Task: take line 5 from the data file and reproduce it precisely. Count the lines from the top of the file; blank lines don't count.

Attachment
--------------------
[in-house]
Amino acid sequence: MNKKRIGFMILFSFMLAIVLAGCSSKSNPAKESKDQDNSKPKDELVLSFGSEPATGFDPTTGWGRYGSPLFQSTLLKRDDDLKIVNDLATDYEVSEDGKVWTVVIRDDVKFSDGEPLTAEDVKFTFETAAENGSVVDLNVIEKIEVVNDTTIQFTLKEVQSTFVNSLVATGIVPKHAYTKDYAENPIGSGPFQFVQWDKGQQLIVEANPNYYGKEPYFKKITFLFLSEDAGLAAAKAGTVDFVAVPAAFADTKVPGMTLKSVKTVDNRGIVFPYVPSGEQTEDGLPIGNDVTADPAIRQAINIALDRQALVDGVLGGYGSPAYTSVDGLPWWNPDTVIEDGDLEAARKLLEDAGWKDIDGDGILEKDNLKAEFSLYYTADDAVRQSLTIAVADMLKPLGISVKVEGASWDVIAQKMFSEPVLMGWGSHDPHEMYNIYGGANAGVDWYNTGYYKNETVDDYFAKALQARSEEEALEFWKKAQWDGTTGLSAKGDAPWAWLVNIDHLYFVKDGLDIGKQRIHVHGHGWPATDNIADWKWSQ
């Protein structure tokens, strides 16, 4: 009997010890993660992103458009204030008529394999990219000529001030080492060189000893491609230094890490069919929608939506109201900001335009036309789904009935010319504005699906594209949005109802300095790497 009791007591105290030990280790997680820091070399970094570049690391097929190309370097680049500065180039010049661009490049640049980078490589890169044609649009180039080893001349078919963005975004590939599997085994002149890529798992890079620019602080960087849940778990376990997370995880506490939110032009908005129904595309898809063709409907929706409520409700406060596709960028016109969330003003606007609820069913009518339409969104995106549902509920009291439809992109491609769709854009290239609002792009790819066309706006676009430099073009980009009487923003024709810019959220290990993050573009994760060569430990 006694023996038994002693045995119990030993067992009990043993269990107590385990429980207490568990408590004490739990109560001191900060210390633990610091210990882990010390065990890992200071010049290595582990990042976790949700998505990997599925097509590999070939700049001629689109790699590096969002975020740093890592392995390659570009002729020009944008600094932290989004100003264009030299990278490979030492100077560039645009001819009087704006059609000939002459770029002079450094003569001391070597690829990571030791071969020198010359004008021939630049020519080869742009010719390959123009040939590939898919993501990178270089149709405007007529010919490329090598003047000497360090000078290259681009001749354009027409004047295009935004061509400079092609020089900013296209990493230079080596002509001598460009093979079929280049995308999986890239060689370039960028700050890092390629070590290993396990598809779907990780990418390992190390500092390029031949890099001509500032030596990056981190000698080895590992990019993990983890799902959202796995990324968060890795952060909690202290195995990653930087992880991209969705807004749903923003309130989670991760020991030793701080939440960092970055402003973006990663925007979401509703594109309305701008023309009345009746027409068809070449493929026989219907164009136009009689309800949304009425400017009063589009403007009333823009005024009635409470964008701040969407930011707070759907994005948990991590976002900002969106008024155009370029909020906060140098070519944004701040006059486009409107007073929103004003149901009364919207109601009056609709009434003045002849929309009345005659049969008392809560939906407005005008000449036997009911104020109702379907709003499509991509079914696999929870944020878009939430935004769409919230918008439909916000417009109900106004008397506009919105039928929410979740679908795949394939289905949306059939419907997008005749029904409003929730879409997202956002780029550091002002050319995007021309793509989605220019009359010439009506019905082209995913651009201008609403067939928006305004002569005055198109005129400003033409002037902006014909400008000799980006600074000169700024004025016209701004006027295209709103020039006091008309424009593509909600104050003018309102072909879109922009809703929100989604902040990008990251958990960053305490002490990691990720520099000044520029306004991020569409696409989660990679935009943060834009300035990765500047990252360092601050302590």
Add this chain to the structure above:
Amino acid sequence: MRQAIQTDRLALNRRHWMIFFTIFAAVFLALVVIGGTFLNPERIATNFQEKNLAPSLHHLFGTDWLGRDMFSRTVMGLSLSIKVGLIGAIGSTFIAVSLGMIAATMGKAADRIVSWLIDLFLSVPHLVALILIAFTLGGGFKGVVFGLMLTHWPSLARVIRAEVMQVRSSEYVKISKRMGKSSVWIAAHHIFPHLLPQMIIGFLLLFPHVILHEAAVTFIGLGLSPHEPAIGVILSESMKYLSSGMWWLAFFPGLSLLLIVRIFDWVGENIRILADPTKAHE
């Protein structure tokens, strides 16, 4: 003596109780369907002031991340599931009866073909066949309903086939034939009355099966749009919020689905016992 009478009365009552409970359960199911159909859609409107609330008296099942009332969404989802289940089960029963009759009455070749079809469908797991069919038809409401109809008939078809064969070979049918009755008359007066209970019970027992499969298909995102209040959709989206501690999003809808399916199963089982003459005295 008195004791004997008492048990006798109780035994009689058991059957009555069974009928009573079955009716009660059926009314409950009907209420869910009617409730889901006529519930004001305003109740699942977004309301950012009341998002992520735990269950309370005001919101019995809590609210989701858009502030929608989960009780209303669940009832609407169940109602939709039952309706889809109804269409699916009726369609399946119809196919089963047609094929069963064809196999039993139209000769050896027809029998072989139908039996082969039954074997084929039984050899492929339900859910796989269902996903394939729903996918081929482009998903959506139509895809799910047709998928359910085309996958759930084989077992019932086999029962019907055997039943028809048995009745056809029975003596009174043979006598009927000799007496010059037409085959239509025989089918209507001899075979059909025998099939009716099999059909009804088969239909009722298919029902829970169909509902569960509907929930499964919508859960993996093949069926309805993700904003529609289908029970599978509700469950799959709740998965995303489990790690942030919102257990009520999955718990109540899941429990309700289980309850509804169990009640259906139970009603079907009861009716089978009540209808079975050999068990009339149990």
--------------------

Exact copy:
Amino acid sequence: MRQAIQTDRLALNRRHWMIFFTIFAAVFLALVVIGGTFLNPERIATNFQEKNLAPSLHHLFGTDWLGRDMFSRTVMGLSLSIKVGLIGAIGSTFIAVSLGMIAATMGKAADRIVSWLIDLFLSVPHLVALILIAFTLGGGFKGVVFGLMLTHWPSLARVIRAEVMQVRSSEYVKISKRMGKSSVWIAAHHIFPHLLPQMIIGFLLLFPHVILHEAAVTFIGLGLSPHEPAIGVILSESMKYLSSGMWWLAFFPGLSLLLIVRIFDWVGENIRILADPTKAHE